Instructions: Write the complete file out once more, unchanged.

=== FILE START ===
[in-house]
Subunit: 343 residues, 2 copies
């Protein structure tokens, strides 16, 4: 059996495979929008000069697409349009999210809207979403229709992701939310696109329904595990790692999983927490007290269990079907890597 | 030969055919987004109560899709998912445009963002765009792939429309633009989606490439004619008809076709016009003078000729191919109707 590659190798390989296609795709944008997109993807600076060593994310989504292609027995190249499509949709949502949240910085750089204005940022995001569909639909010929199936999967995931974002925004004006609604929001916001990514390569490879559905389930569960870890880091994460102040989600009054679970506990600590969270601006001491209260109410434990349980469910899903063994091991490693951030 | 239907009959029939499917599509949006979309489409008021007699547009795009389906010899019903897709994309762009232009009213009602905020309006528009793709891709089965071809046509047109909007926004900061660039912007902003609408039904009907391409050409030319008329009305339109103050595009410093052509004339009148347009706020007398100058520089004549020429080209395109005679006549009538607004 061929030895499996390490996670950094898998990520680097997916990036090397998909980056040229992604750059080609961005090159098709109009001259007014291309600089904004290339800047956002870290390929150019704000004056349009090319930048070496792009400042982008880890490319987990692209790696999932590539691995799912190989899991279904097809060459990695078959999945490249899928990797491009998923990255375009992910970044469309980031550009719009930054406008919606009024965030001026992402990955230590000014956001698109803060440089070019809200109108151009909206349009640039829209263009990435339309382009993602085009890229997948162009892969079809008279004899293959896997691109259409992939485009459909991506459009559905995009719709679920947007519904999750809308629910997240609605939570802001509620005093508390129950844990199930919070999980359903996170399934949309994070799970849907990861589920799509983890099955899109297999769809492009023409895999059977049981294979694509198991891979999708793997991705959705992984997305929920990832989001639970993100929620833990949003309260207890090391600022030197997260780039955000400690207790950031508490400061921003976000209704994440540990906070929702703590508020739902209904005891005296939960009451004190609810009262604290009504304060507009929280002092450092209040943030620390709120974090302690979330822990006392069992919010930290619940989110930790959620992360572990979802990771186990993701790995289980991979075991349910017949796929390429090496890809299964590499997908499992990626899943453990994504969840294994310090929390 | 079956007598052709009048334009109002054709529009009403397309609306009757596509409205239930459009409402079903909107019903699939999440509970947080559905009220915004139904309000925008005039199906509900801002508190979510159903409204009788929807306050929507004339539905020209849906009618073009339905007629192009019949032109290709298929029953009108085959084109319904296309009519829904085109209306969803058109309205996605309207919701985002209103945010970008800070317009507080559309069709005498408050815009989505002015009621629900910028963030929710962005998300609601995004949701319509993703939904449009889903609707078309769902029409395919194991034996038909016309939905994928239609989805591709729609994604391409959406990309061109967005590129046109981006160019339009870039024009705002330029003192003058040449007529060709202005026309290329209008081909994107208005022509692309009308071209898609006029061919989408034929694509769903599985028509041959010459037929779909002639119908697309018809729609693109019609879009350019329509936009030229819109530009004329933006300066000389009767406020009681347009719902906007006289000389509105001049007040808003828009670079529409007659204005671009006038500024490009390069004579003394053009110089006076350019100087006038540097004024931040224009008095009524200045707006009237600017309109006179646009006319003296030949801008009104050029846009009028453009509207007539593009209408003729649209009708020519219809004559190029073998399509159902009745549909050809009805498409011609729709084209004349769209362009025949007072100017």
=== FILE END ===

[in-house]
Subunit: 343 residues, 2 copies
């Protein structure tokens, strides 16, 4: 059996495979929008000069697409349009999210809207979403229709992701939310696109329904595990790692999983927490007290269990079907890597 | 030969055919987004109560899709998912445009963002765009792939429309633009989606490439004619008809076709016009003078000729191919109707 590659190798390989296609795709944008997109993807600076060593994310989504292609027995190249499509949709949502949240910085750089204005940022995001569909639909010929199936999967995931974002925004004006609604929001916001990514390569490879559905389930569960870890880091994460102040989600009054679970506990600590969270601006001491209260109410434990349980469910899903063994091991490693951030 | 239907009959029939499917599509949006979309489409008021007699547009795009389906010899019903897709994309762009232009009213009602905020309006528009793709891709089965071809046509047109909007926004900061660039912007902003609408039904009907391409050409030319008329009305339109103050595009410093052509004339009148347009706020007398100058520089004549020429080209395109005679006549009538607004 061929030895499996390490996670950094898998990520680097997916990036090397998909980056040229992604750059080609961005090159098709109009001259007014291309600089904004290339800047956002870290390929150019704000004056349009090319930048070496792009400042982008880890490319987990692209790696999932590539691995799912190989899991279904097809060459990695078959999945490249899928990797491009998923990255375009992910970044469309980031550009719009930054406008919606009024965030001026992402990955230590000014956001698109803060440089070019809200109108151009909206349009640039829209263009990435339309382009993602085009890229997948162009892969079809008279004899293959896997691109259409992939485009459909991506459009559905995009719709679920947007519904999750809308629910997240609605939570802001509620005093508390129950844990199930919070999980359903996170399934949309994070799970849907990861589920799509983890099955899109297999769809492009023409895999059977049981294979694509198991891979999708793997991705959705992984997305929920990832989001639970993100929620833990949003309260207890090391600022030197997260780039955000400690207790950031508490400061921003976000209704994440540990906070929702703590508020739902209904005891005296939960009451004190609810009262604290009504304060507009929280002092450092209040943030620390709120974090302690979330822990006392069992919010930290619940989110930790959620992360572990979802990771186990993701790995289980991979075991349910017949796929390429090496890809299964590499997908499992990626899943453990994504969840294994310090929390 | 079956007598052709009048334009109002054709529009009403397309609306009757596509409205239930459009409402079903909107019903699939999440509970947080559905009220915004139904309000925008005039199906509900801002508190979510159903409204009788929807306050929507004339539905020209849906009618073009339905007629192009019949032109290709298929029953009108085959084109319904296309009519829904085109209306969803058109309205996605309207919701985002209103945010970008800070317009507080559309069709005498408050815009989505002015009621629900910028963030929710962005998300609601995004949701319509993703939904449009889903609707078309769902029409395919194991034996038909016309939905994928239609989805591709729609994604391409959406990309061109967005590129046109981006160019339009870039024009705002330029003192003058040449007529060709202005026309290329209008081909994107208005022509692309009308071209898609006029061919989408034929694509769903599985028509041959010459037929779909002639119908697309018809729609693109019609879009350019329509936009030229819109530009004329933006300066000389009767406020009681347009719902906007006289000389509105001049007040808003828009670079529409007659204005671009006038500024490009390069004579003394053009110089006076350019100087006038540097004024931040224009008095009524200045707006009237600017309109006179646009006319003296030949801008009104050029846009009028453009509207007539593009209408003729649209009708020519219809004559190029073998399509159902009745549909050809009805498409011609729709084209004349769209362009025949007072100017």